1. Make bedtime a priority. In the long daylight hours of summer, with no early morning wakeups looming, it’s easy to let your kids fall into a pattern of staying up late. But once school is back in session, an earlier bedtime makes a big difference in your child’s total sleep. Lack of sleep affects the immune system, making it harder for your kids to fight off infection. School-aged kids need 10-11 hours of sleep every night, so make sure everyone is bed early enough to doze off at least 10 hours before your alarm clocks start buzzing.
2. Feed them veggies. Fruits and vegetables are heathy for a lot of reasons, and one of them is the boost they give to your kids’ immune system. Fresh produce is full of antioxidants and vitamin C, which help your child’s body fight off disease. Make sure your kids are getting all the nutrients they need by giving them different colors of fruits and veggies. And if your kids are picky eaters, try kid-friendly options like fruit smoothies or veggies with dip.
3. Keep your child home when he’s sick. If it’s just a sniffle, sending your kid to school with a cold is no big deal. But if you’re able to keep your child home even when he’s just a little under the weather, the extra rest could help him get over it faster. It will also prevent him from spreading his cold around to all his friends at school, which is healthier for everybody. And, if your child has a fever or diarrhea, or if he’s vomiting, then he must stay home till he’s been symptom-free for at least 24 hours.
4. Make hand washing a habit. Once your child is past kindergarten, her teacher won’t be reminding her to wash her hands after she uses the restroom or before she eats lunch. That means it’s essential that your child take responsibility for remembering to wash her hands throughout the day, so teach it at home till it’s an unforgettable habit. Talk about the importance of washing hands, and make sure your child knows how to wash properly (lathering between fingers and the backs of hands, and scrubbing for 20 seconds — about the time it takes to sing “Happy Birthday”).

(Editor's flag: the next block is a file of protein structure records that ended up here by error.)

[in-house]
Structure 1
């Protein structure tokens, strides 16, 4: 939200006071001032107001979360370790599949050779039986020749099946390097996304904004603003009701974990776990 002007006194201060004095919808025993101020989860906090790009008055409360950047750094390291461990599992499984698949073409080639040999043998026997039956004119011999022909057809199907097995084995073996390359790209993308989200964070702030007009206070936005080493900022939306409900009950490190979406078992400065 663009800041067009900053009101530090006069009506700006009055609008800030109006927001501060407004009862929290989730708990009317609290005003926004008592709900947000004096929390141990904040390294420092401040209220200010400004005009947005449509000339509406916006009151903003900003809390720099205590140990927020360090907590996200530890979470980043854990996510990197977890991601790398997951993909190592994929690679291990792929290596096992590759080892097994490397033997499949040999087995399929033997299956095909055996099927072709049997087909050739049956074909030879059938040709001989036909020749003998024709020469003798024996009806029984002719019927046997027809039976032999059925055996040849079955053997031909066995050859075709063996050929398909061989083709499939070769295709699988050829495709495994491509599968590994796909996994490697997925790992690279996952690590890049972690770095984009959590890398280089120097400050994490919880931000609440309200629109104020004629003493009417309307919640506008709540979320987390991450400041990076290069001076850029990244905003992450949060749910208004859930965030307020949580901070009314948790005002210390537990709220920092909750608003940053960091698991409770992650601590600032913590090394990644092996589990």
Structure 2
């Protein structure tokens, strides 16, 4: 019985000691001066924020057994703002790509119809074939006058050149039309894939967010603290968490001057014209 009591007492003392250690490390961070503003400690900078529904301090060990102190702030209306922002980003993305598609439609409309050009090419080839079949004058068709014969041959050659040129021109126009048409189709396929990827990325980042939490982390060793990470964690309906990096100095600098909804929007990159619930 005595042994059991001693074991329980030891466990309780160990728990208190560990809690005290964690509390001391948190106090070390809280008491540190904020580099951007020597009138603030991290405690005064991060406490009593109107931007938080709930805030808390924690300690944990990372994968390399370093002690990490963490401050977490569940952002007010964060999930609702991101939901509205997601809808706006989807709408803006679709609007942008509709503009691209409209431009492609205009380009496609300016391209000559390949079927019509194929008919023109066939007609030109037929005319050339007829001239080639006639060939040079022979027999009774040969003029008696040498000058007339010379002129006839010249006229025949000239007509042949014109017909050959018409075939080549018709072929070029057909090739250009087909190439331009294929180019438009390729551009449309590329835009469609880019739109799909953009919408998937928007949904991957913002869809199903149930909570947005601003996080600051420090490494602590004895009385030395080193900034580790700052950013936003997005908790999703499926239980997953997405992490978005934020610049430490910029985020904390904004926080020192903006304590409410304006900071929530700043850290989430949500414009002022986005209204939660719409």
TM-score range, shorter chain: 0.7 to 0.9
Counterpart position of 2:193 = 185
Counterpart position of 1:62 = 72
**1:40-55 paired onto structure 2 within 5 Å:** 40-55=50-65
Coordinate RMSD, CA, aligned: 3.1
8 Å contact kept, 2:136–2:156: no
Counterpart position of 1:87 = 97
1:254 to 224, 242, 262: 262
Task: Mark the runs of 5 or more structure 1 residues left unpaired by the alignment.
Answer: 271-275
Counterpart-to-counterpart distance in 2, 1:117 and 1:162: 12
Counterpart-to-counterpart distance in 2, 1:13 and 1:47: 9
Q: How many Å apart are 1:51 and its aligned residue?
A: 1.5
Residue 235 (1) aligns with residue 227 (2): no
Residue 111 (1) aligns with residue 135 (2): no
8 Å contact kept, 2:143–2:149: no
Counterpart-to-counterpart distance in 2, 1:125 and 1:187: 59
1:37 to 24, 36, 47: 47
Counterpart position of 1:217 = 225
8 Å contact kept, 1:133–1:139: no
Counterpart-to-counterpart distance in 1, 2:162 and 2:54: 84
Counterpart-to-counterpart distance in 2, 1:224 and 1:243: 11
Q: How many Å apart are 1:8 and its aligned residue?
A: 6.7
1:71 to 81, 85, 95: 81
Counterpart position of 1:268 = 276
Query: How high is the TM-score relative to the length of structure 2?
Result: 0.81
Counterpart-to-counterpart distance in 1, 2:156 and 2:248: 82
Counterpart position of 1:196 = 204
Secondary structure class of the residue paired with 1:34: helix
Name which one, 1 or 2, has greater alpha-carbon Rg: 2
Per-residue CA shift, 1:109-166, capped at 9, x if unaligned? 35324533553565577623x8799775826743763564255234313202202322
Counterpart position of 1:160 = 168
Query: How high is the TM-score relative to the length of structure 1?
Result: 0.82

5. Stay up-to-date on vaccinations — including yours. You know that keeping your child’s shots up-to-date is one of the best ways to help him stay healthy, but don’t forget to schedule your own shots, too. Your childhood vaccinations wear off over time, so they may be less effective now. And since adults are less susceptible to some illnesses than kids, you could get your kid sick without ever having symptoms yourself. So check your own vaccination history, and talk to your doctor about whether you need any boosters.
6. Schedule an annual checkup. While you’re scheduling a vaccination visit with your pediatrician, go ahead and make time for a full checkup for your child. That will give you a chance to talk with your child’s doctor about any health concerns you might have, and it’s a good way to catch any potential problems before they start. And if your child hasn’t had a vision and hearing screening recently, make sure the doctor does that, too — trouble seeing or hearing can really affect your child’s performance in school, especially in upper elementary when reading and listening to directions are increasingly important.
7. Make free time in your child’s schedule. Scheduling free play might sound like an oxymoron, but in most kids’ busy lives, putting play on the calendar might be the only way to get it. Between after school activities and extracurricular classes, your child might never get a chance to just relax and play during the school year unless you make it a priority. But unstructured, unscheduled outdoor play is important for your child’s health — it’s the best way to prevent obesity, and it’s also essential for developing life skills like self-regulation and motivation. So take a page out of your own childhood, and schedule at least a couple of afternoons a week when you can send your kids outside to play with the neighbors till dinner.
*This post is sponsored by American Family Insurance.